solutions capable of meeting strict space constraints, as well as suited to operate in dusty, sparsely maintained, non-temperatureregulated conditions.
Some edge deployments will be housed in micro data centers. This could be edge being deployed as one or two servers, as a rack colocated in an existing on-premise data center, or as a mini data center enclosure which could be up to a single rack. In industrial edge deployments, you may have a single edge device running workloads – at an oil rig, for example. Given the harsh environments, this setup would need to be constructed to withstand extreme conditions such as high or low temperatures, corrosive humidity, extreme weather or excessive dust and dirt. Alternatively, in a retail or entertainment venue setting the requirements are totally different. There you have limited space to be able to install an enclosure for the edge node and would need equipment that can be hidden away from view as much as possible.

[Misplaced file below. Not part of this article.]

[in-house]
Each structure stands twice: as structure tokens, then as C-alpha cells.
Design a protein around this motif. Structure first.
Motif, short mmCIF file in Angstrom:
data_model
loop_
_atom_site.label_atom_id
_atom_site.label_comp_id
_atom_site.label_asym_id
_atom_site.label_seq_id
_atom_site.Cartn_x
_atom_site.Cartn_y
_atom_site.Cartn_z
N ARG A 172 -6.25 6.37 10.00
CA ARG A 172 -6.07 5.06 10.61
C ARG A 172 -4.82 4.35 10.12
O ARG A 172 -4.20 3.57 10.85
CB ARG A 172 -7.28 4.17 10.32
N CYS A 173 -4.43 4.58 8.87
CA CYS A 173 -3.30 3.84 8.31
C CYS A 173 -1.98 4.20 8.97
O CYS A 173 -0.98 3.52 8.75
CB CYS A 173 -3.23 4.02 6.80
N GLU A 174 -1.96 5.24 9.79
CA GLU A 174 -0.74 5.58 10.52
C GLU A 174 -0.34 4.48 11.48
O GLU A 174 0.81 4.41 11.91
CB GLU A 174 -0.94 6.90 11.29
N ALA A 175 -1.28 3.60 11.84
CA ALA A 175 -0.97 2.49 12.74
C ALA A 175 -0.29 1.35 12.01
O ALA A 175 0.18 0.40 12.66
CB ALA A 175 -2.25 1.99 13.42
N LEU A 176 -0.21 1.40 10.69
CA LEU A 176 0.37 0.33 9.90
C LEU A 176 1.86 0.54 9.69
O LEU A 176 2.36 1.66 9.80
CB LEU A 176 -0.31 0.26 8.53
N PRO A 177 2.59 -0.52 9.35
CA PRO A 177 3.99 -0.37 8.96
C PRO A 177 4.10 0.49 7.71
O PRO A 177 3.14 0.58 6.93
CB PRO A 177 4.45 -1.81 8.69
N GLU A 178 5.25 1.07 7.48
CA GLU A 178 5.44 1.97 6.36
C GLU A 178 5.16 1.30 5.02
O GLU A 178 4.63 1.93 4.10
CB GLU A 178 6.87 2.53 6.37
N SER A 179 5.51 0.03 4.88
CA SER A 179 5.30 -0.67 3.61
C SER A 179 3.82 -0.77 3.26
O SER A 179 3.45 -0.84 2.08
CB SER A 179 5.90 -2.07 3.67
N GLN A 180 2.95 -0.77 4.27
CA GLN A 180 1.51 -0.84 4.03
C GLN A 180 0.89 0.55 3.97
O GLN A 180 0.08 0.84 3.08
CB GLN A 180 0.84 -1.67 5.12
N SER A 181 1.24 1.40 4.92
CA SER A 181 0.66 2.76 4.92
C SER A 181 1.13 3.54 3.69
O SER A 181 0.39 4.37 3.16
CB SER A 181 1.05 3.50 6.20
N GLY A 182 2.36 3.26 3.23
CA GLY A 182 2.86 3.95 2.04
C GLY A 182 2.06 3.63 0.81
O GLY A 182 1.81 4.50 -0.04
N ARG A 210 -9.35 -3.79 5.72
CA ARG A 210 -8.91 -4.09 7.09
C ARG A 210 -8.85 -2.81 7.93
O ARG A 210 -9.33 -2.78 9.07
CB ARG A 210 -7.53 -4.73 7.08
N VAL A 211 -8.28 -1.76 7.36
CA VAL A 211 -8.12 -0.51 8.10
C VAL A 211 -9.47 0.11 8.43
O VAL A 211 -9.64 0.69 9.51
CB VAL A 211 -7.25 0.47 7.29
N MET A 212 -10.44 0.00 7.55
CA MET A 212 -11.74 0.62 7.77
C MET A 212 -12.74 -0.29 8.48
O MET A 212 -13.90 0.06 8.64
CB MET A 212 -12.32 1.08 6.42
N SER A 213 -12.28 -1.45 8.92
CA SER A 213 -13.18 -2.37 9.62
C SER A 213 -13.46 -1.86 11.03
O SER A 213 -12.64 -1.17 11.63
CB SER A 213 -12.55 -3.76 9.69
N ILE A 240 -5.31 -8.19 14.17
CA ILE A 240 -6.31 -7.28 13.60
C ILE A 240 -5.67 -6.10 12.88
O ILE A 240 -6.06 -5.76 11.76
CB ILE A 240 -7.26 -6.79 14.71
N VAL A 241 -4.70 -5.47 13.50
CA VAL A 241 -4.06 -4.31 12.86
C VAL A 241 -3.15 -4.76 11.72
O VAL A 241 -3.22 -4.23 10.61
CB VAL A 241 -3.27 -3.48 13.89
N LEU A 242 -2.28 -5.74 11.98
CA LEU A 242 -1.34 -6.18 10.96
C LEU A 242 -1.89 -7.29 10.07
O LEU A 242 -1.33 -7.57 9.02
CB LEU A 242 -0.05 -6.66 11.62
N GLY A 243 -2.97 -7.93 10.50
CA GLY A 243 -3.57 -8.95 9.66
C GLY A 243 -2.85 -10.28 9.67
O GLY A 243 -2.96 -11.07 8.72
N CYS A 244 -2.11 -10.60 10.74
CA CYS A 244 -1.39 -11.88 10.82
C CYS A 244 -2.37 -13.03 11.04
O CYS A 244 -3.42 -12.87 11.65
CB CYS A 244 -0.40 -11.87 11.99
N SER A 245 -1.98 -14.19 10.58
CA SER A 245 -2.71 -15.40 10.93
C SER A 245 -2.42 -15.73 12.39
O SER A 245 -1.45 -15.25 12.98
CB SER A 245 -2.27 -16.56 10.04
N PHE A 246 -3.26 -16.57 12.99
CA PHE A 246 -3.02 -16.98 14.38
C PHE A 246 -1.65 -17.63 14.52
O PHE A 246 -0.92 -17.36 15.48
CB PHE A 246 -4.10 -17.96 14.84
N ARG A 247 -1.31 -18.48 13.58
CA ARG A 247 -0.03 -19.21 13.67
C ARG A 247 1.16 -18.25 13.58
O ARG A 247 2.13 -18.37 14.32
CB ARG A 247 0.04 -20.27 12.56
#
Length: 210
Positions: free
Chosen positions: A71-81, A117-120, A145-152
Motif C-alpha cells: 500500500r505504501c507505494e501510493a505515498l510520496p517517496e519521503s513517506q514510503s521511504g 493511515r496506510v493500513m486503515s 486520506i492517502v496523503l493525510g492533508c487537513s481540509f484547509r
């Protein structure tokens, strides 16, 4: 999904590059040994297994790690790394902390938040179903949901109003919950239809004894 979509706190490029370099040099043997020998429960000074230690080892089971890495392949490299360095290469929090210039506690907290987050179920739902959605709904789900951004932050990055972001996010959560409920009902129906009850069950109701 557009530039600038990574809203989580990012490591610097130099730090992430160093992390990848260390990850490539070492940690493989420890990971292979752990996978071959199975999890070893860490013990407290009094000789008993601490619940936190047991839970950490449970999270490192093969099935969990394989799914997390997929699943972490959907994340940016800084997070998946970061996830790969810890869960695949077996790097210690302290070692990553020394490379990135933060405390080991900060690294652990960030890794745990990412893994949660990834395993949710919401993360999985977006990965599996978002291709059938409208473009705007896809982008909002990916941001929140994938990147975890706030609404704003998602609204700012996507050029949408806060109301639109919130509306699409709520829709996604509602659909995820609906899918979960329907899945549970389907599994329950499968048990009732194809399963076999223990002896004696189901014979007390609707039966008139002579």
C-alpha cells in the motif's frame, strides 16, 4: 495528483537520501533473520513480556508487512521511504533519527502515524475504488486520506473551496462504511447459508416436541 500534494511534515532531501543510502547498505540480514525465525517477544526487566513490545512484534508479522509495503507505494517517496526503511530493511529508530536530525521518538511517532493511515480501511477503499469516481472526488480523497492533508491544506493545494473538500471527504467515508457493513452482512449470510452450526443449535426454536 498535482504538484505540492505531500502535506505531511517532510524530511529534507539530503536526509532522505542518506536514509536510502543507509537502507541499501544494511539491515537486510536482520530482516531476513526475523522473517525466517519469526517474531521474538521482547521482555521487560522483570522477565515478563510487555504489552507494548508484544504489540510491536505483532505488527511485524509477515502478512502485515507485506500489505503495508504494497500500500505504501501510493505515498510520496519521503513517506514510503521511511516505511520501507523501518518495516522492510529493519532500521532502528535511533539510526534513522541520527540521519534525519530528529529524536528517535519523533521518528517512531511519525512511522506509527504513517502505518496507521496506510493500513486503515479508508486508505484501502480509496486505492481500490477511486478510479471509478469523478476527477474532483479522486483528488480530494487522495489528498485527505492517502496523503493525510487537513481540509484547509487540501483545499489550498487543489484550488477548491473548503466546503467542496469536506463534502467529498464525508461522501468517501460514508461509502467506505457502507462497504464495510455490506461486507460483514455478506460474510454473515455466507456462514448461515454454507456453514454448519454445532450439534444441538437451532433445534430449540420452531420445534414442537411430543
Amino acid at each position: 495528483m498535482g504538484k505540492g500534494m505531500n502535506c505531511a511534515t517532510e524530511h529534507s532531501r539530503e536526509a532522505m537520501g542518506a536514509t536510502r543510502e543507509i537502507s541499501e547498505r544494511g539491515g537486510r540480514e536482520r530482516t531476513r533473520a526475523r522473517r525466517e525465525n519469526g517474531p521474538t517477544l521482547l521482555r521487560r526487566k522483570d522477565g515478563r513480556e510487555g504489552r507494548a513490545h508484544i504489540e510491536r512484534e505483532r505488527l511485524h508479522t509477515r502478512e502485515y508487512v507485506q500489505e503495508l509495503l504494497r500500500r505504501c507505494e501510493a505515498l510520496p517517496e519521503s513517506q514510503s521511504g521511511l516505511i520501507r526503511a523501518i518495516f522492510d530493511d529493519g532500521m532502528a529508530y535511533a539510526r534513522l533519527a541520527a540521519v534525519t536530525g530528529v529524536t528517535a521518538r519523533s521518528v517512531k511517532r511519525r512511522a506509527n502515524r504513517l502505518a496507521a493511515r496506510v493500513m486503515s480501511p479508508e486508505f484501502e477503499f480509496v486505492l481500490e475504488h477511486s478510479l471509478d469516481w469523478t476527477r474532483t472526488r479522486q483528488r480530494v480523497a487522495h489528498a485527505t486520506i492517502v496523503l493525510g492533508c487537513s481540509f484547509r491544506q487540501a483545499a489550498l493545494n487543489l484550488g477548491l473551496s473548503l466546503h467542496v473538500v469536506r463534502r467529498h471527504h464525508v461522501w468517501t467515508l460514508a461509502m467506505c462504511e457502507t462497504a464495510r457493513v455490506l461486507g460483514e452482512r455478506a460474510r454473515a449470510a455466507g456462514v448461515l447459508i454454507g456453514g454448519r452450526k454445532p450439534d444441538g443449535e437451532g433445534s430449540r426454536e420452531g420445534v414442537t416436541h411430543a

The passive optical infrastructure solutions here need to be flexible and support dense, high performance compute outside of the traditional data center in a range of diverse environments.
It is highly probable that the definition and scope of edge may never reach a true conclusion. It will likely only continue to morph as new use cases emerge and technical advancements further push the realm of possibilities. Recent innovations, such as hollow core fiber to further mitigate latency or multi-core fiber technology which enables significant increases in the number of parallel optical fiber cores without increasing cable size, show great promise to address requirements at the edge in the future.
As we move forward, understanding how passive optical infrastructure enables a hyperconnected digital fabric at the edge, will be paramount to unlocking new potential.
1 Nokia Bell Labs Institute | Optical research: Why we break world records | by Theodore Sizer | Mar 16 2020
Manja Thessin, RCDD, RTPM is Enterprise Market Manager at AFL. She can be reached at Manja.email@example.com.